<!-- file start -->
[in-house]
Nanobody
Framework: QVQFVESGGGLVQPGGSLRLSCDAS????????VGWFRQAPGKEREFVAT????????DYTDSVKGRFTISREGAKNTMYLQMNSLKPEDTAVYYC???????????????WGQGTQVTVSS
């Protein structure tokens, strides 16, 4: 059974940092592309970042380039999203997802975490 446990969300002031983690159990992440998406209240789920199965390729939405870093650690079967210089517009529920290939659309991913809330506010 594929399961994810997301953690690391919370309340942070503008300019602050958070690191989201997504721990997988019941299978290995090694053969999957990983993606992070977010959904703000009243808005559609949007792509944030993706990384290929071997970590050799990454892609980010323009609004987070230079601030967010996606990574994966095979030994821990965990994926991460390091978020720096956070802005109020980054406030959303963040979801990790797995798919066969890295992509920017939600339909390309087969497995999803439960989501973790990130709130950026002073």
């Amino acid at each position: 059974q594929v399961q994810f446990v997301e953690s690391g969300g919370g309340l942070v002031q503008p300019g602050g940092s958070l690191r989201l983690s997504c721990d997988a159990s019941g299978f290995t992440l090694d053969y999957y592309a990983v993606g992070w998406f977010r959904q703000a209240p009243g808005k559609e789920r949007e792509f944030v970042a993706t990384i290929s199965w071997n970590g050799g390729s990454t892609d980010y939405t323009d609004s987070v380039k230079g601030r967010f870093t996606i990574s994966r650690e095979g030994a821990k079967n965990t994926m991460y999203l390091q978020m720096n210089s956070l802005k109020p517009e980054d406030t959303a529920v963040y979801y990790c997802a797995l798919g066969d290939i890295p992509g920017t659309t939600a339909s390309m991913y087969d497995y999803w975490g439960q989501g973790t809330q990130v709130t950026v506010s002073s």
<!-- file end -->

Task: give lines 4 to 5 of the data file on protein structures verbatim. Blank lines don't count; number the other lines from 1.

């Protein structure tokens, strides 16, 4: 059974940092592309970042380039999203997802975490 446990969300002031983690159990992440998406209240789920199965390729939405870093650690079967210089517009529920290939659309991913809330506010 594929399961994810997301953690690391919370309340942070503008300019602050958070690191989201997504721990997988019941299978290995090694053969999957990983993606992070977010959904703000009243808005559609949007792509944030993706990384290929071997970590050799990454892609980010323009609004987070230079601030967010996606990574994966095979030994821990965990994926991460390091978020720096956070802005109020980054406030959303963040979801990790797995798919066969890295992509920017939600339909390309087969497995999803439960989501973790990130709130950026002073």
């Amino acid at each position: 059974q594929v399961q994810f446990v997301e953690s690391g969300g919370g309340l942070v002031q503008p300019g602050g940092s958070l690191r989201l983690s997504c721990d997988a159990s019941g299978f290995t992440l090694d053969y999957y592309a990983v993606g992070w998406f977010r959904q703000a209240p009243g808005k559609e789920r949007e792509f944030v970042a993706t990384i290929s199965w071997n970590g050799g390729s990454t892609d980010y939405t323009d609004s987070v380039k230079g601030r967010f870093t996606i990574s994966r650690e095979g030994a821990k079967n965990t994926m991460y999203l390091q978020m720096n210089s956070l802005k109020p517009e980054d406030t959303a529920v963040y979801y990790c997802a797995l798919g066969d290939i890295p992509g920017t659309t939600a339909s390309m991913y087969d497995y999803w975490g439960q989501g973790t809330q990130v709130t950026v506010s002073s």